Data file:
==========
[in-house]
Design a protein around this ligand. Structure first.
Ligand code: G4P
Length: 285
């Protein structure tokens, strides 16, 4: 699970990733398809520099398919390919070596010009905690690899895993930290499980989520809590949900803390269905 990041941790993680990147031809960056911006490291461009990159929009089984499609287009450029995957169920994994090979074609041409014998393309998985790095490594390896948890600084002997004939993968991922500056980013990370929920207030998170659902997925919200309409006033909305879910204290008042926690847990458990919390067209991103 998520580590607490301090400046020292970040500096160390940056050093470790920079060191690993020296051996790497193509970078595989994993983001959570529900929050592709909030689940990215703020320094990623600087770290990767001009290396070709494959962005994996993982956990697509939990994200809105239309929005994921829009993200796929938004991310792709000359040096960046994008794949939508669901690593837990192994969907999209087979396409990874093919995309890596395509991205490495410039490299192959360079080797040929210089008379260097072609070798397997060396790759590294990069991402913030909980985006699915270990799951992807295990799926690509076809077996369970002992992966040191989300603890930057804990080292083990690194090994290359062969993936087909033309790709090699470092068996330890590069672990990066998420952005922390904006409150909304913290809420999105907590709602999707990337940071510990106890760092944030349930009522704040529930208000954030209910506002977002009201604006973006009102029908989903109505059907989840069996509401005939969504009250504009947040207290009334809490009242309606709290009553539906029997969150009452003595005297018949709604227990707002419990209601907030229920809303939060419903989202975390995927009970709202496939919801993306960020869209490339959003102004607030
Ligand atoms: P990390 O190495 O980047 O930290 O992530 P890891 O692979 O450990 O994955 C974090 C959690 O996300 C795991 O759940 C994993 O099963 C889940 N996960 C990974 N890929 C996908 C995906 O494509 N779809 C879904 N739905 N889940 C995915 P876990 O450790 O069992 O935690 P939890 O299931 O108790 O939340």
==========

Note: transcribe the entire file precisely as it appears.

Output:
[in-house]
Design a protein around this ligand. Structure first.
Ligand code: G4P
Length: 285
């Protein structure tokens, strides 16, 4: 699970990733398809520099398919390919070596010009905690690899895993930290499980989520809590949900803390269905 990041941790993680990147031809960056911006490291461009990159929009089984499609287009450029995957169920994994090979074609041409014998393309998985790095490594390896948890600084002997004939993968991922500056980013990370929920207030998170659902997925919200309409006033909305879910204290008042926690847990458990919390067209991103 998520580590607490301090400046020292970040500096160390940056050093470790920079060191690993020296051996790497193509970078595989994993983001959570529900929050592709909030689940990215703020320094990623600087770290990767001009290396070709494959962005994996993982956990697509939990994200809105239309929005994921829009993200796929938004991310792709000359040096960046994008794949939508669901690593837990192994969907999209087979396409990874093919995309890596395509991205490495410039490299192959360079080797040929210089008379260097072609070798397997060396790759590294990069991402913030909980985006699915270990799951992807295990799926690509076809077996369970002992992966040191989300603890930057804990080292083990690194090994290359062969993936087909033309790709090699470092068996330890590069672990990066998420952005922390904006409150909304913290809420999105907590709602999707990337940071510990106890760092944030349930009522704040529930208000954030209910506002977002009201604006973006009102029908989903109505059907989840069996509401005939969504009250504009947040207290009334809490009242309606709290009553539906029997969150009452003595005297018949709604227990707002419990209601907030229920809303939060419903989202975390995927009970709202496939919801993306960020869209490339959003102004607030
Ligand atoms: P990390 O190495 O980047 O930290 O992530 P890891 O692979 O450990 O994955 C974090 C959690 O996300 C795991 O759940 C994993 O099963 C889940 N996960 C990974 N890929 C996908 C995906 O494509 N779809 C879904 N739905 N889940 C995915 P876990 O450790 O069992 O935690 P939890 O299931 O108790 O939340």